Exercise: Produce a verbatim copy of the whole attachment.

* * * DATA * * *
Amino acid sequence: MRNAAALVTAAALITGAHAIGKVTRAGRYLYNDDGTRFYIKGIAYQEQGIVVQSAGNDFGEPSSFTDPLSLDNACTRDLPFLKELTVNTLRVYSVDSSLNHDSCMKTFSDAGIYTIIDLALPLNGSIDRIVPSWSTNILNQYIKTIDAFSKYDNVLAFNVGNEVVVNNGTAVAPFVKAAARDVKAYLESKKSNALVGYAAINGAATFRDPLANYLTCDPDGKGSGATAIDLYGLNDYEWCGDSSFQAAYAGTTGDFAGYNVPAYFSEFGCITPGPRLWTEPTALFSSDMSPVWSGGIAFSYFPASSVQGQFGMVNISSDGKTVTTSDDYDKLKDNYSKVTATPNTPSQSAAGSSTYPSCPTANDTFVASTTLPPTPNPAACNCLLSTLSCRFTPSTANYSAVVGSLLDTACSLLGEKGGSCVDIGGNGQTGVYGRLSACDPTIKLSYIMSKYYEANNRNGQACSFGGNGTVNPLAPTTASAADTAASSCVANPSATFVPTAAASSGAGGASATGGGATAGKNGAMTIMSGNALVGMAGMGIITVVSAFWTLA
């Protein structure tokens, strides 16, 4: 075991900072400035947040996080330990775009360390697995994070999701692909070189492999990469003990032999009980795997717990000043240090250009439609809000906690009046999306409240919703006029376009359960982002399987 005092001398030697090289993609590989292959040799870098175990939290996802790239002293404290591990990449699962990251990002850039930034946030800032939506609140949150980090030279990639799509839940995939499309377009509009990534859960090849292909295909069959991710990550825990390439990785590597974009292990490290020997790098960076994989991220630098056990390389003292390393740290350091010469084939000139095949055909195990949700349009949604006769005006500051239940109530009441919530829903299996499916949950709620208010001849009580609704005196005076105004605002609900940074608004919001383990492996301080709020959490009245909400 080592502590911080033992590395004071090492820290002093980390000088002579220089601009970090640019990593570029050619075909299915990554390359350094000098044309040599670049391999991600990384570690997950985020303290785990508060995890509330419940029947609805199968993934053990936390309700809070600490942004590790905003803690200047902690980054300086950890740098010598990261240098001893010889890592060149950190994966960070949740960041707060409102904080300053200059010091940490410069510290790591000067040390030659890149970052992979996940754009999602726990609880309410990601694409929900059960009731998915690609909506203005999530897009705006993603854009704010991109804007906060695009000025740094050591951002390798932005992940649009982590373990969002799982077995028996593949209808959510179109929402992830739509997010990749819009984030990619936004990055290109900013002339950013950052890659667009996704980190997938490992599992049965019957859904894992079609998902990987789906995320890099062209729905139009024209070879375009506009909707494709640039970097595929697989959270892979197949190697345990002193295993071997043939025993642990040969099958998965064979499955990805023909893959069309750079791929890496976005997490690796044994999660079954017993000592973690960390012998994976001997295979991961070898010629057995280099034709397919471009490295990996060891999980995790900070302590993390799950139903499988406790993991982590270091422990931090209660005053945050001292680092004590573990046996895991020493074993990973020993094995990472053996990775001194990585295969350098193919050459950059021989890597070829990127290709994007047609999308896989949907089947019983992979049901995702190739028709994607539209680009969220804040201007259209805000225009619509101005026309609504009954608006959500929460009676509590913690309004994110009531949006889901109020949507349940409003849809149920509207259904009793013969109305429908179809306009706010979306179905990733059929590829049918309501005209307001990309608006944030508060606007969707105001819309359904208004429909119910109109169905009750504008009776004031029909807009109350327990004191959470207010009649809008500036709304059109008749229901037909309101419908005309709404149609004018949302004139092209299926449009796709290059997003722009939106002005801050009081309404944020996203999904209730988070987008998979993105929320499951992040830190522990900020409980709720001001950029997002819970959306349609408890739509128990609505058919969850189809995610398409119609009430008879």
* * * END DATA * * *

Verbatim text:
Amino acid sequence: MRNAAALVTAAALITGAHAIGKVTRAGRYLYNDDGTRFYIKGIAYQEQGIVVQSAGNDFGEPSSFTDPLSLDNACTRDLPFLKELTVNTLRVYSVDSSLNHDSCMKTFSDAGIYTIIDLALPLNGSIDRIVPSWSTNILNQYIKTIDAFSKYDNVLAFNVGNEVVVNNGTAVAPFVKAAARDVKAYLESKKSNALVGYAAINGAATFRDPLANYLTCDPDGKGSGATAIDLYGLNDYEWCGDSSFQAAYAGTTGDFAGYNVPAYFSEFGCITPGPRLWTEPTALFSSDMSPVWSGGIAFSYFPASSVQGQFGMVNISSDGKTVTTSDDYDKLKDNYSKVTATPNTPSQSAAGSSTYPSCPTANDTFVASTTLPPTPNPAACNCLLSTLSCRFTPSTANYSAVVGSLLDTACSLLGEKGGSCVDIGGNGQTGVYGRLSACDPTIKLSYIMSKYYEANNRNGQACSFGGNGTVNPLAPTTASAADTAASSCVANPSATFVPTAAASSGAGGASATGGGATAGKNGAMTIMSGNALVGMAGMGIITVVSAFWTLA
């Protein structure tokens, strides 16, 4: 075991900072400035947040996080330990775009360390697995994070999701692909070189492999990469003990032999009980795997717990000043240090250009439609809000906690009046999306409240919703006029376009359960982002399987 005092001398030697090289993609590989292959040799870098175990939290996802790239002293404290591990990449699962990251990002850039930034946030800032939506609140949150980090030279990639799509839940995939499309377009509009990534859960090849292909295909069959991710990550825990390439990785590597974009292990490290020997790098960076994989991220630098056990390389003292390393740290350091010469084939000139095949055909195990949700349009949604006769005006500051239940109530009441919530829903299996499916949950709620208010001849009580609704005196005076105004605002609900940074608004919001383990492996301080709020959490009245909400 080592502590911080033992590395004071090492820290002093980390000088002579220089601009970090640019990593570029050619075909299915990554390359350094000098044309040599670049391999991600990384570690997950985020303290785990508060995890509330419940029947609805199968993934053990936390309700809070600490942004590790905003803690200047902690980054300086950890740098010598990261240098001893010889890592060149950190994966960070949740960041707060409102904080300053200059010091940490410069510290790591000067040390030659890149970052992979996940754009999602726990609880309410990601694409929900059960009731998915690609909506203005999530897009705006993603854009704010991109804007906060695009000025740094050591951002390798932005992940649009982590373990969002799982077995028996593949209808959510179109929402992830739509997010990749819009984030990619936004990055290109900013002339950013950052890659667009996704980190997938490992599992049965019957859904894992079609998902990987789906995320890099062209729905139009024209070879375009506009909707494709640039970097595929697989959270892979197949190697345990002193295993071997043939025993642990040969099958998965064979499955990805023909893959069309750079791929890496976005997490690796044994999660079954017993000592973690960390012998994976001997295979991961070898010629057995280099034709397919471009490295990996060891999980995790900070302590993390799950139903499988406790993991982590270091422990931090209660005053945050001292680092004590573990046996895991020493074993990973020993094995990472053996990775001194990585295969350098193919050459950059021989890597070829990127290709994007047609999308896989949907089947019983992979049901995702190739028709994607539209680009969220804040201007259209805000225009619509101005026309609504009954608006959500929460009676509590913690309004994110009531949006889901109020949507349940409003849809149920509207259904009793013969109305429908179809306009706010979306179905990733059929590829049918309501005209307001990309608006944030508060606007969707105001819309359904208004429909119910109109169905009750504008009776004031029909807009109350327990004191959470207010009649809008500036709304059109008749229901037909309101419908005309709404149609004018949302004139092209299926449009796709290059997003722009939106002005801050009081309404944020996203999904209730988070987008998979993105929320499951992040830190522990900020409980709720001001950029997002819970959306349609408890739509128990609505058919969850189809995610398409119609009430008879």